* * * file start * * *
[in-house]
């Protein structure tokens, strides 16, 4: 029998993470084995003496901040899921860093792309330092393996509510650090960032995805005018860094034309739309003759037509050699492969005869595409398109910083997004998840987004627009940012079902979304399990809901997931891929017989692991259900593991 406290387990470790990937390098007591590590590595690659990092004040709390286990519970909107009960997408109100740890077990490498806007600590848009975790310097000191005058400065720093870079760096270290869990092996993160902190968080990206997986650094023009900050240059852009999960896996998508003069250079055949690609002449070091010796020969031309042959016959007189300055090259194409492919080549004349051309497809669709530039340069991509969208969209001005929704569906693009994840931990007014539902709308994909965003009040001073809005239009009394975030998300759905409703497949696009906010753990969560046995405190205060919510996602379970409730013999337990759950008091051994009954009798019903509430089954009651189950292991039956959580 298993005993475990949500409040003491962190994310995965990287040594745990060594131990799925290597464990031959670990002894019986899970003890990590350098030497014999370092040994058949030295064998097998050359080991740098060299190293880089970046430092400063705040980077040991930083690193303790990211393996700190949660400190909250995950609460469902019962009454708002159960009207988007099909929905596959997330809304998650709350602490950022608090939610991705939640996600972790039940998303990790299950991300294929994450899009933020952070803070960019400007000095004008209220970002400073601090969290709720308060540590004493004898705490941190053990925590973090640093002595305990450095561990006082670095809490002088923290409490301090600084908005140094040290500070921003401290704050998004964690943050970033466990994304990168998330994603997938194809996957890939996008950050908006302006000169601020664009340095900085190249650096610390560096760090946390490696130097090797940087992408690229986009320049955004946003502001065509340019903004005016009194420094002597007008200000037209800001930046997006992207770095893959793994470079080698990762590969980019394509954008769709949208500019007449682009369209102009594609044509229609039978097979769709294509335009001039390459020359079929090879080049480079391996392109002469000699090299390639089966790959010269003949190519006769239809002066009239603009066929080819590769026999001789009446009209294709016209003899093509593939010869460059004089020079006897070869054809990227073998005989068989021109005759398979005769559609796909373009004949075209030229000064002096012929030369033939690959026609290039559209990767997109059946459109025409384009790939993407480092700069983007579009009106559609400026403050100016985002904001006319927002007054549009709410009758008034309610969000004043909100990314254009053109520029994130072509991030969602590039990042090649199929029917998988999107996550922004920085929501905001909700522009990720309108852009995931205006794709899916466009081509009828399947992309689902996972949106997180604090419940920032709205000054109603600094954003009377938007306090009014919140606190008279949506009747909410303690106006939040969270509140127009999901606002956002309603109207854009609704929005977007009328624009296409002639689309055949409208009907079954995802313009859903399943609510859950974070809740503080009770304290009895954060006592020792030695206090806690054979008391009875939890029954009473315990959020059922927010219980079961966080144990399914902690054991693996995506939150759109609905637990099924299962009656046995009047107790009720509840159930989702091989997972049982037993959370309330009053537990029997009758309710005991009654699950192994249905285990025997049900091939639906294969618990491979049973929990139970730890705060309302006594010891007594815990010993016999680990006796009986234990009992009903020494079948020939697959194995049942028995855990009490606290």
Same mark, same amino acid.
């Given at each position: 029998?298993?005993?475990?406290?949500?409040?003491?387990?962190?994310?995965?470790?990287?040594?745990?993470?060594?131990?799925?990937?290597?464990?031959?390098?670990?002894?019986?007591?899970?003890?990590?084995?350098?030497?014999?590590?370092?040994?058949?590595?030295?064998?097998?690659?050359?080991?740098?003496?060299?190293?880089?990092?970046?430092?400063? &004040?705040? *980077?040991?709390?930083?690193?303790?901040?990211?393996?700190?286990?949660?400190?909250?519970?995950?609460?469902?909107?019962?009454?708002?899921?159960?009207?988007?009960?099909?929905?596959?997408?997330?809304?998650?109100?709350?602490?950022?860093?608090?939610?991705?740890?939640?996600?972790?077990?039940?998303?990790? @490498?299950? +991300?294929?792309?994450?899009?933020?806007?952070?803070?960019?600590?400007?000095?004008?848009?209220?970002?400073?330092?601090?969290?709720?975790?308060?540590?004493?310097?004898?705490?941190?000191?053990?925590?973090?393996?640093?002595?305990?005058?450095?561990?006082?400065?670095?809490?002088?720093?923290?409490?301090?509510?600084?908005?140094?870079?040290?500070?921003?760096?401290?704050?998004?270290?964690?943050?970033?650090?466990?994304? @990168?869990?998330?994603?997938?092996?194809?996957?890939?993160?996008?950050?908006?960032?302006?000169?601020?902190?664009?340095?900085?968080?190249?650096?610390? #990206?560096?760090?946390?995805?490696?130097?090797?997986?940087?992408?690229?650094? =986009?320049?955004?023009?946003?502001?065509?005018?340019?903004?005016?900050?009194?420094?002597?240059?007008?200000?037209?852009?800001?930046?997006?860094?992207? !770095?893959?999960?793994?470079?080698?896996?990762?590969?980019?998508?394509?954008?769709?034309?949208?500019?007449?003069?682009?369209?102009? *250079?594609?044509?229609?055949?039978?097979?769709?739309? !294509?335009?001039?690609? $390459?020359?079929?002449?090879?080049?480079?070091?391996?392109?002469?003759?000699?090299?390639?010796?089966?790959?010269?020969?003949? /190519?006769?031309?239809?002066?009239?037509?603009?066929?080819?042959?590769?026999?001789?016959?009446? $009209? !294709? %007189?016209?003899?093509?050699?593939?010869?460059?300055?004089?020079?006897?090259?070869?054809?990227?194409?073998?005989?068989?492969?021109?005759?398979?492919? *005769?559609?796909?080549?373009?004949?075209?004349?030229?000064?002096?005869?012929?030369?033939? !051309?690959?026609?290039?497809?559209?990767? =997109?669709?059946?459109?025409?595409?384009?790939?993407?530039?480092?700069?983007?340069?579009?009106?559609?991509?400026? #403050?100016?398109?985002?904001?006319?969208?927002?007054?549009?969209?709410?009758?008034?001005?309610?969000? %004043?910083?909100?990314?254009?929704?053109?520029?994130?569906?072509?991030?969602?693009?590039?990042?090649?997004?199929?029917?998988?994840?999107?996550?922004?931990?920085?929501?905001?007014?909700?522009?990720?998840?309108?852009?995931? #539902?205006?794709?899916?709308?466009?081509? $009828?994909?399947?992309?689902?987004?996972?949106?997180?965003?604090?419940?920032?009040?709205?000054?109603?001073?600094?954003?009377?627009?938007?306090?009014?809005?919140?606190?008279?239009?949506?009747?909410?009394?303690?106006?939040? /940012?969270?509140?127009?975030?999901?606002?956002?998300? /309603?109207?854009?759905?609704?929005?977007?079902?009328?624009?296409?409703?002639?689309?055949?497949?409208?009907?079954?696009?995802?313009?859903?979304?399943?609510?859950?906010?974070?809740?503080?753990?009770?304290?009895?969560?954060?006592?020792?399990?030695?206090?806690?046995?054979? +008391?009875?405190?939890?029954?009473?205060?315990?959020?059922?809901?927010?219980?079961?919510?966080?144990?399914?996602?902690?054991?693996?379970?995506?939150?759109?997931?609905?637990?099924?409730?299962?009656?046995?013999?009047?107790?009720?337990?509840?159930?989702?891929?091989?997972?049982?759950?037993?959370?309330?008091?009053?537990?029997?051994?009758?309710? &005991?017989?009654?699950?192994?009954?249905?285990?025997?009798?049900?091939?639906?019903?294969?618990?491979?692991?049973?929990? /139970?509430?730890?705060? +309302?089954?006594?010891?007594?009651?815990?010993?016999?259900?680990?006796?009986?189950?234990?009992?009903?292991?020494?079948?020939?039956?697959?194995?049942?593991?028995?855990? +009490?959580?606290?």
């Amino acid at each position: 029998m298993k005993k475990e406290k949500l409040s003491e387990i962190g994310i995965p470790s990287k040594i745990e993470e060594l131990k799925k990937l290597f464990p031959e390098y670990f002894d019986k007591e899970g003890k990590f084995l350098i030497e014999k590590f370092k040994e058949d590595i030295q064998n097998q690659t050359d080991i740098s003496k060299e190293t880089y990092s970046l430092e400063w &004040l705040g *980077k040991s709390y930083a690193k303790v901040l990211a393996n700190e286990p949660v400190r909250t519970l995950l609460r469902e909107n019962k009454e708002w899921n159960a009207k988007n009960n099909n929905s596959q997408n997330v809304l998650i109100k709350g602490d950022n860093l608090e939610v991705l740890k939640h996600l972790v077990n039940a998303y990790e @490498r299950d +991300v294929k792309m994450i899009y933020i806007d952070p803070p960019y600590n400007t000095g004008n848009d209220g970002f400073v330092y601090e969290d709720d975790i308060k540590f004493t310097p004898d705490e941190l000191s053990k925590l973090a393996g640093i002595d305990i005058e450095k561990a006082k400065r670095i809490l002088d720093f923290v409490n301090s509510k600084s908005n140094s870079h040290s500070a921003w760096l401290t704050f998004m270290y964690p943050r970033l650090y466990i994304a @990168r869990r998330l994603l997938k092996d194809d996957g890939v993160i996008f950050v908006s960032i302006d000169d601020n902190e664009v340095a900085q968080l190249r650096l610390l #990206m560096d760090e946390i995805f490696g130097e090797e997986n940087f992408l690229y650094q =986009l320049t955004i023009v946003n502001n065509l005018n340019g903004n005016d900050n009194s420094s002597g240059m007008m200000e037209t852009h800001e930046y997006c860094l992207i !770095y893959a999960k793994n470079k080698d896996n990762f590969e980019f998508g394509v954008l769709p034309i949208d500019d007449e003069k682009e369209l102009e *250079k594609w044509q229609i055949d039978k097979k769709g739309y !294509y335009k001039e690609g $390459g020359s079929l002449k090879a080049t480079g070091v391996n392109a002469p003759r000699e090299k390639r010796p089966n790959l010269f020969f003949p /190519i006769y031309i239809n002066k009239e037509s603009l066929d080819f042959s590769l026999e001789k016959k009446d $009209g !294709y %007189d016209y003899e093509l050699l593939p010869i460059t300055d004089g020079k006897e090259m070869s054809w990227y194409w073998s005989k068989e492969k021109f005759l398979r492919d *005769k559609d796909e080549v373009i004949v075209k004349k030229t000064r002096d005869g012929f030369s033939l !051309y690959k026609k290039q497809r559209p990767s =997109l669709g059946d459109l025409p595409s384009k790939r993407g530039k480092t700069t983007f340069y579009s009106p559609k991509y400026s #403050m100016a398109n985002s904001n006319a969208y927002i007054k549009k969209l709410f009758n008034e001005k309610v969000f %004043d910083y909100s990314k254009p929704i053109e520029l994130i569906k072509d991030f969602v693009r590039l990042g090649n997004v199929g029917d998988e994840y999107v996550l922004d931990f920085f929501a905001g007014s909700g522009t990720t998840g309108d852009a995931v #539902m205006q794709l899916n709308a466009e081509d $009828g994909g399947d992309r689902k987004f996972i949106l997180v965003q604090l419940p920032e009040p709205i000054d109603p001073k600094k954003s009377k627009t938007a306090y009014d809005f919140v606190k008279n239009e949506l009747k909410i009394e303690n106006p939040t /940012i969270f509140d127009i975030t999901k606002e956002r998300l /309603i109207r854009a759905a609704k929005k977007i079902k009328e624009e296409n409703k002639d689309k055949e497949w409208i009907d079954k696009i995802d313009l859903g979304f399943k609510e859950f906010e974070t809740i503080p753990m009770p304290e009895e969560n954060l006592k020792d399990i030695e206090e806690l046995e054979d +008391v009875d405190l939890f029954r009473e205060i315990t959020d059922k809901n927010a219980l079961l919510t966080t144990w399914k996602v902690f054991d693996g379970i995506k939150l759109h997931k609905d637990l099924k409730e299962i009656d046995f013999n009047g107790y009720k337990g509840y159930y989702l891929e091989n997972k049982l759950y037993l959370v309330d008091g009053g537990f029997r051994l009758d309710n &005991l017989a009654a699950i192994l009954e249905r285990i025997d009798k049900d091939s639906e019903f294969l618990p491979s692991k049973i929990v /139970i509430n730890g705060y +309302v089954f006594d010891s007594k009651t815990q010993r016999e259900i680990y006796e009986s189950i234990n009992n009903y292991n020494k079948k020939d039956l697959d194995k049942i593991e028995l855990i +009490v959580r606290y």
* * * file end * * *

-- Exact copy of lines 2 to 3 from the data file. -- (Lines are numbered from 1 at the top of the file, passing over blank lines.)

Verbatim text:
């Protein structure tokens, strides 16, 4: 029998993470084995003496901040899921860093792309330092393996509510650090960032995805005018860094034309739309003759037509050699492969005869595409398109910083997004998840987004627009940012079902979304399990809901997931891929017989692991259900593991 406290387990470790990937390098007591590590590595690659990092004040709390286990519970909107009960997408109100740890077990490498806007600590848009975790310097000191005058400065720093870079760096270290869990092996993160902190968080990206997986650094023009900050240059852009999960896996998508003069250079055949690609002449070091010796020969031309042959016959007189300055090259194409492919080549004349051309497809669709530039340069991509969208969209001005929704569906693009994840931990007014539902709308994909965003009040001073809005239009009394975030998300759905409703497949696009906010753990969560046995405190205060919510996602379970409730013999337990759950008091051994009954009798019903509430089954009651189950292991039956959580 298993005993475990949500409040003491962190994310995965990287040594745990060594131990799925290597464990031959670990002894019986899970003890990590350098030497014999370092040994058949030295064998097998050359080991740098060299190293880089970046430092400063705040980077040991930083690193303790990211393996700190949660400190909250995950609460469902019962009454708002159960009207988007099909929905596959997330809304998650709350602490950022608090939610991705939640996600972790039940998303990790299950991300294929994450899009933020952070803070960019400007000095004008209220970002400073601090969290709720308060540590004493004898705490941190053990925590973090640093002595305990450095561990006082670095809490002088923290409490301090600084908005140094040290500070921003401290704050998004964690943050970033466990994304990168998330994603997938194809996957890939996008950050908006302006000169601020664009340095900085190249650096610390560096760090946390490696130097090797940087992408690229986009320049955004946003502001065509340019903004005016009194420094002597007008200000037209800001930046997006992207770095893959793994470079080698990762590969980019394509954008769709949208500019007449682009369209102009594609044509229609039978097979769709294509335009001039390459020359079929090879080049480079391996392109002469000699090299390639089966790959010269003949190519006769239809002066009239603009066929080819590769026999001789009446009209294709016209003899093509593939010869460059004089020079006897070869054809990227073998005989068989021109005759398979005769559609796909373009004949075209030229000064002096012929030369033939690959026609290039559209990767997109059946459109025409384009790939993407480092700069983007579009009106559609400026403050100016985002904001006319927002007054549009709410009758008034309610969000004043909100990314254009053109520029994130072509991030969602590039990042090649199929029917998988999107996550922004920085929501905001909700522009990720309108852009995931205006794709899916466009081509009828399947992309689902996972949106997180604090419940920032709205000054109603600094954003009377938007306090009014919140606190008279949506009747909410303690106006939040969270509140127009999901606002956002309603109207854009609704929005977007009328624009296409002639689309055949409208009907079954995802313009859903399943609510859950974070809740503080009770304290009895954060006592020792030695206090806690054979008391009875939890029954009473315990959020059922927010219980079961966080144990399914902690054991693996995506939150759109609905637990099924299962009656046995009047107790009720509840159930989702091989997972049982037993959370309330009053537990029997009758309710005991009654699950192994249905285990025997049900091939639906294969618990491979049973929990139970730890705060309302006594010891007594815990010993016999680990006796009986234990009992009903020494079948020939697959194995049942028995855990009490606290």
Same mark, same amino acid.